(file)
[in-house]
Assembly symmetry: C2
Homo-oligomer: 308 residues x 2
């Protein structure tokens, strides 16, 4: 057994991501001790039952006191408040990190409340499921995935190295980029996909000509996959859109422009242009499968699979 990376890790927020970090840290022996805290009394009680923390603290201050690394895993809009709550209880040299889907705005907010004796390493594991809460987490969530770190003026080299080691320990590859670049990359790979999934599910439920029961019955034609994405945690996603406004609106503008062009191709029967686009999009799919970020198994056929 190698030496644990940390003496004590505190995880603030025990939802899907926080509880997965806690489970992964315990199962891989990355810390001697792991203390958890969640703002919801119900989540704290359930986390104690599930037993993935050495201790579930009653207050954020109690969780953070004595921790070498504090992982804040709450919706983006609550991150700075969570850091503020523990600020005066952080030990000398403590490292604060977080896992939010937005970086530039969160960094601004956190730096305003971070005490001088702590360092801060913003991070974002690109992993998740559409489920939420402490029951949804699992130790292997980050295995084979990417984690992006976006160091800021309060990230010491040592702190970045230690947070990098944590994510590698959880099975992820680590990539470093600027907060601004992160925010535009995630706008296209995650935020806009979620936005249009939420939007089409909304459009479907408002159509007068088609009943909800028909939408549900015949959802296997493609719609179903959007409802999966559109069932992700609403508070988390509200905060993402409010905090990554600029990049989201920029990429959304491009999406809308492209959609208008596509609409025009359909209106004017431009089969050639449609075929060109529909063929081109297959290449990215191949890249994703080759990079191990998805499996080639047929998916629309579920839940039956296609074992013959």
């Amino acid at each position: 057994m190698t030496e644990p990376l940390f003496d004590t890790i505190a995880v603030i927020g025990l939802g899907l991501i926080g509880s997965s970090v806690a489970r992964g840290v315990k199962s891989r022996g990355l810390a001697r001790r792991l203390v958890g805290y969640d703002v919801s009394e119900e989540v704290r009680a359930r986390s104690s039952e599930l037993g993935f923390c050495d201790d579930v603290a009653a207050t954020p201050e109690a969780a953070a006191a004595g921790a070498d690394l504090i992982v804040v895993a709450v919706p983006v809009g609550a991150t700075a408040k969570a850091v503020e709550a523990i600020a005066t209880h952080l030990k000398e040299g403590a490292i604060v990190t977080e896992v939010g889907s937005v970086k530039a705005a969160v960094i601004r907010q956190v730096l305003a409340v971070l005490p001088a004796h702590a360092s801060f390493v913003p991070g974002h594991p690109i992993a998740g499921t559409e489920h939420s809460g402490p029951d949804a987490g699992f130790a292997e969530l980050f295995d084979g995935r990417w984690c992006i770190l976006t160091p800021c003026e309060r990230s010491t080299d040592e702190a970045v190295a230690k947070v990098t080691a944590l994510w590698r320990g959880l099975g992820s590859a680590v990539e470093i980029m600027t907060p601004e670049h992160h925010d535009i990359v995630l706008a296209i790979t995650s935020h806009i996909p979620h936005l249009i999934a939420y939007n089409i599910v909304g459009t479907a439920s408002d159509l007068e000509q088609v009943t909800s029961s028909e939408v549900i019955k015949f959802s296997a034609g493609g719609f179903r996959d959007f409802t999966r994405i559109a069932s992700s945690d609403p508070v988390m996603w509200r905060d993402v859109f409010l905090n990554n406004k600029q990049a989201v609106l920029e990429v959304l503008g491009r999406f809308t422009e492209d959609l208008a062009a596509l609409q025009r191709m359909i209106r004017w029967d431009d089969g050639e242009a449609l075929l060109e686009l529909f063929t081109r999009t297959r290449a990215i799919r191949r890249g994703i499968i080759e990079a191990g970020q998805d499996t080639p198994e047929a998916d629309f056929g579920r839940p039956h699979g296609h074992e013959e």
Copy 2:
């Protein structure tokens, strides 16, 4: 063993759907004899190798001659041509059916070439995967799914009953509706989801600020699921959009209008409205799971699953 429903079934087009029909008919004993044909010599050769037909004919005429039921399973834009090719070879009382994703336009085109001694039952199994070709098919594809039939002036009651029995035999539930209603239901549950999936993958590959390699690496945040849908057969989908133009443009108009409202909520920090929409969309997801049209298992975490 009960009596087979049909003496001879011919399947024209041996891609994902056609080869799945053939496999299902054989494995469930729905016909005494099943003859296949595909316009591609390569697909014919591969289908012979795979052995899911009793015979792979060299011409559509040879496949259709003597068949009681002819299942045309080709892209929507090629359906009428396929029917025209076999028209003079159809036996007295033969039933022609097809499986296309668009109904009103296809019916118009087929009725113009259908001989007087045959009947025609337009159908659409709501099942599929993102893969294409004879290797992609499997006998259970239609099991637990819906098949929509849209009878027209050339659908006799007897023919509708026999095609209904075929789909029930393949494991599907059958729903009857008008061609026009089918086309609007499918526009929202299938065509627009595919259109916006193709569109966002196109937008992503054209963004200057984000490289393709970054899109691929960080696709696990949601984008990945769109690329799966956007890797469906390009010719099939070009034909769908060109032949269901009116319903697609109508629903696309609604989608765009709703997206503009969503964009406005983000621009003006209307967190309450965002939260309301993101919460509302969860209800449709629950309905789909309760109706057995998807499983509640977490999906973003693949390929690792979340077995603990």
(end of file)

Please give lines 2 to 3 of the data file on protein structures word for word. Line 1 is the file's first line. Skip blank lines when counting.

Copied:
Assembly symmetry: C2
Homo-oligomer: 308 residues x 2